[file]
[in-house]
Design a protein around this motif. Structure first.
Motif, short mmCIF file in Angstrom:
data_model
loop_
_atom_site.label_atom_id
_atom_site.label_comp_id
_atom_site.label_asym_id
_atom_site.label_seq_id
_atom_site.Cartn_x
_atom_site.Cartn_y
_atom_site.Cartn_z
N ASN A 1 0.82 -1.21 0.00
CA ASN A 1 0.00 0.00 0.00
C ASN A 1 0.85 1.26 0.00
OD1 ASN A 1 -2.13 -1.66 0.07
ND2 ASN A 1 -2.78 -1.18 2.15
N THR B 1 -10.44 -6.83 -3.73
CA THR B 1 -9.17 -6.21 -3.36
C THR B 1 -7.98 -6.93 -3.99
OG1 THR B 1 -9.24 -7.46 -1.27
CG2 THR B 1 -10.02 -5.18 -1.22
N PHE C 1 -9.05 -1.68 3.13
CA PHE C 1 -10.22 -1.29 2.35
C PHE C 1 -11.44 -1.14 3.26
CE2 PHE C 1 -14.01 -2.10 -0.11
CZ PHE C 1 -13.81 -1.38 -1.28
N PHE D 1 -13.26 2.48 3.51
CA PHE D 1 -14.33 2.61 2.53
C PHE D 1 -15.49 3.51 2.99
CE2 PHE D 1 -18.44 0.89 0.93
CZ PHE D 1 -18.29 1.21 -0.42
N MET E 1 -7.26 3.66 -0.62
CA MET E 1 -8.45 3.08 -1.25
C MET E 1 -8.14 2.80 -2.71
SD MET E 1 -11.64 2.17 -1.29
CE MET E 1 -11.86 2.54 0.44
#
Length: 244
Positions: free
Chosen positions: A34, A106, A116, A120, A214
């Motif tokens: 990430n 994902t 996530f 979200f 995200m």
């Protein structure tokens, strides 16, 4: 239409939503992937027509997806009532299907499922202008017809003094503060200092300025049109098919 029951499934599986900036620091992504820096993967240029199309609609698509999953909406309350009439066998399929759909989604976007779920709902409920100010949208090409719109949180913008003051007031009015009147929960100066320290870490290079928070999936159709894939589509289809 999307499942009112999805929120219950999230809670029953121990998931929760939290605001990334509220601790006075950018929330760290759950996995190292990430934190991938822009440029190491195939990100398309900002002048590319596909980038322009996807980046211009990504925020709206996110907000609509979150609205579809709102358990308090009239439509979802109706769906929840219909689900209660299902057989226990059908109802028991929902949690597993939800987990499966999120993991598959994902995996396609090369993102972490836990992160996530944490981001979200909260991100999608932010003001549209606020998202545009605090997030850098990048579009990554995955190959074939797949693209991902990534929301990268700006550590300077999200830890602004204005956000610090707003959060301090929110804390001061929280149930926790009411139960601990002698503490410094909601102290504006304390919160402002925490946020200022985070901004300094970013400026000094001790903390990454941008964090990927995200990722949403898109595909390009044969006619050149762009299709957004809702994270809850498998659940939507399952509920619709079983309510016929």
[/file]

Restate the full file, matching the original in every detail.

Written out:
[in-house]
Design a protein around this motif. Structure first.
Motif, short mmCIF file in Angstrom:
data_model
loop_
_atom_site.label_atom_id
_atom_site.label_comp_id
_atom_site.label_asym_id
_atom_site.label_seq_id
_atom_site.Cartn_x
_atom_site.Cartn_y
_atom_site.Cartn_z
N ASN A 1 0.82 -1.21 0.00
CA ASN A 1 0.00 0.00 0.00
C ASN A 1 0.85 1.26 0.00
OD1 ASN A 1 -2.13 -1.66 0.07
ND2 ASN A 1 -2.78 -1.18 2.15
N THR B 1 -10.44 -6.83 -3.73
CA THR B 1 -9.17 -6.21 -3.36
C THR B 1 -7.98 -6.93 -3.99
OG1 THR B 1 -9.24 -7.46 -1.27
CG2 THR B 1 -10.02 -5.18 -1.22
N PHE C 1 -9.05 -1.68 3.13
CA PHE C 1 -10.22 -1.29 2.35
C PHE C 1 -11.44 -1.14 3.26
CE2 PHE C 1 -14.01 -2.10 -0.11
CZ PHE C 1 -13.81 -1.38 -1.28
N PHE D 1 -13.26 2.48 3.51
CA PHE D 1 -14.33 2.61 2.53
C PHE D 1 -15.49 3.51 2.99
CE2 PHE D 1 -18.44 0.89 0.93
CZ PHE D 1 -18.29 1.21 -0.42
N MET E 1 -7.26 3.66 -0.62
CA MET E 1 -8.45 3.08 -1.25
C MET E 1 -8.14 2.80 -2.71
SD MET E 1 -11.64 2.17 -1.29
CE MET E 1 -11.86 2.54 0.44
#
Length: 244
Positions: free
Chosen positions: A34, A106, A116, A120, A214
């Motif tokens: 990430n 994902t 996530f 979200f 995200m």
């Protein structure tokens, strides 16, 4: 239409939503992937027509997806009532299907499922202008017809003094503060200092300025049109098919 029951499934599986900036620091992504820096993967240029199309609609698509999953909406309350009439066998399929759909989604976007779920709902409920100010949208090409719109949180913008003051007031009015009147929960100066320290870490290079928070999936159709894939589509289809 999307499942009112999805929120219950999230809670029953121990998931929760939290605001990334509220601790006075950018929330760290759950996995190292990430934190991938822009440029190491195939990100398309900002002048590319596909980038322009996807980046211009990504925020709206996110907000609509979150609205579809709102358990308090009239439509979802109706769906929840219909689900209660299902057989226990059908109802028991929902949690597993939800987990499966999120993991598959994902995996396609090369993102972490836990992160996530944490981001979200909260991100999608932010003001549209606020998202545009605090997030850098990048579009990554995955190959074939797949693209991902990534929301990268700006550590300077999200830890602004204005956000610090707003959060301090929110804390001061929280149930926790009411139960601990002698503490410094909601102290504006304390919160402002925490946020200022985070901004300094970013400026000094001790903390990454941008964090990927995200990722949403898109595909390009044969006619050149762009299709957004809702994270809850498998659940939507399952509920619709079983309510016929």